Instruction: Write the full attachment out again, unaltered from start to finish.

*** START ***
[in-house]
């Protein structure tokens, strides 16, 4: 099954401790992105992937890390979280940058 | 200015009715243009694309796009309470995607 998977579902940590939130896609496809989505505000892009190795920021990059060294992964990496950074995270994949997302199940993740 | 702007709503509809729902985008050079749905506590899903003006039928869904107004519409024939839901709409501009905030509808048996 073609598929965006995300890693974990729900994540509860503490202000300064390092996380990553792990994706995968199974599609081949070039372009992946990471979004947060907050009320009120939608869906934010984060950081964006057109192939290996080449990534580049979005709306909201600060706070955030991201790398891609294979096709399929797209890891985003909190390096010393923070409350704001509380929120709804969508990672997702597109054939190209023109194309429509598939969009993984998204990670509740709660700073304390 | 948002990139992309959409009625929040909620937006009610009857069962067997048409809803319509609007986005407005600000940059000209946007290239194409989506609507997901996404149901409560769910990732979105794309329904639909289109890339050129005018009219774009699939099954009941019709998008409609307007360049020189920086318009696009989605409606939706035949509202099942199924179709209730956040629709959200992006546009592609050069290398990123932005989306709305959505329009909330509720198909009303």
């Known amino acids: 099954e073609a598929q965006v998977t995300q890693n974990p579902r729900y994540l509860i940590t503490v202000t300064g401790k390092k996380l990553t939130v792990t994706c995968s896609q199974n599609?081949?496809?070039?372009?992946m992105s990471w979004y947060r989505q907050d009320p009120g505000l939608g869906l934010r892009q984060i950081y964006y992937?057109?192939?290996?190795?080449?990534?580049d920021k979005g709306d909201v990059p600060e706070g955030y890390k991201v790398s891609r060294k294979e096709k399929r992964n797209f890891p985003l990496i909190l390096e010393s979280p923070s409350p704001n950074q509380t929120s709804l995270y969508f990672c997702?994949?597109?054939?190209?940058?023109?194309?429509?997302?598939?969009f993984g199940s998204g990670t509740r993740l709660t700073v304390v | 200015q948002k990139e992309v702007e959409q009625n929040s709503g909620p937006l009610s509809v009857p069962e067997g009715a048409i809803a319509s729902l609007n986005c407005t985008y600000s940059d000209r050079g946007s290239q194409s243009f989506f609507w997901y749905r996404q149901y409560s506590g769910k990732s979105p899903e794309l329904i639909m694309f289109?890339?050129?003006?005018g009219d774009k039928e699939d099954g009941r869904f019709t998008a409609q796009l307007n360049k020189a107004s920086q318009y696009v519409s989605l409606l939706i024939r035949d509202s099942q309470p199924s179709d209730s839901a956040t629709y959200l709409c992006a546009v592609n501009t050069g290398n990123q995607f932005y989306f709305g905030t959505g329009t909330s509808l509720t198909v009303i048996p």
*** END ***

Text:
[in-house]
């Protein structure tokens, strides 16, 4: 099954401790992105992937890390979280940058 | 200015009715243009694309796009309470995607 998977579902940590939130896609496809989505505000892009190795920021990059060294992964990496950074995270994949997302199940993740 | 702007709503509809729902985008050079749905506590899903003006039928869904107004519409024939839901709409501009905030509808048996 073609598929965006995300890693974990729900994540509860503490202000300064390092996380990553792990994706995968199974599609081949070039372009992946990471979004947060907050009320009120939608869906934010984060950081964006057109192939290996080449990534580049979005709306909201600060706070955030991201790398891609294979096709399929797209890891985003909190390096010393923070409350704001509380929120709804969508990672997702597109054939190209023109194309429509598939969009993984998204990670509740709660700073304390 | 948002990139992309959409009625929040909620937006009610009857069962067997048409809803319509609007986005407005600000940059000209946007290239194409989506609507997901996404149901409560769910990732979105794309329904639909289109890339050129005018009219774009699939099954009941019709998008409609307007360049020189920086318009696009989605409606939706035949509202099942199924179709209730956040629709959200992006546009592609050069290398990123932005989306709305959505329009909330509720198909009303």
């Known amino acids: 099954e073609a598929q965006v998977t995300q890693n974990p579902r729900y994540l509860i940590t503490v202000t300064g401790k390092k996380l990553t939130v792990t994706c995968s896609q199974n599609?081949?496809?070039?372009?992946m992105s990471w979004y947060r989505q907050d009320p009120g505000l939608g869906l934010r892009q984060i950081y964006y992937?057109?192939?290996?190795?080449?990534?580049d920021k979005g709306d909201v990059p600060e706070g955030y890390k991201v790398s891609r060294k294979e096709k399929r992964n797209f890891p985003l990496i909190l390096e010393s979280p923070s409350p704001n950074q509380t929120s709804l995270y969508f990672c997702?994949?597109?054939?190209?940058?023109?194309?429509?997302?598939?969009f993984g199940s998204g990670t509740r993740l709660t700073v304390v | 200015q948002k990139e992309v702007e959409q009625n929040s709503g909620p937006l009610s509809v009857p069962e067997g009715a048409i809803a319509s729902l609007n986005c407005t985008y600000s940059d000209r050079g946007s290239q194409s243009f989506f609507w997901y749905r996404q149901y409560s506590g769910k990732s979105p899903e794309l329904i639909m694309f289109?890339?050129?003006?005018g009219d774009k039928e699939d099954g009941r869904f019709t998008a409609q796009l307007n360049k020189a107004s920086q318009y696009v519409s989605l409606l939706i024939r035949d509202s099942q309470p199924s179709d209730s839901a956040t629709y959200l709409c992006a546009v592609n501009t050069g290398n990123q995607f932005y989306f709305g905030t959505g329009t909330s509808l509720t198909v009303i048996p």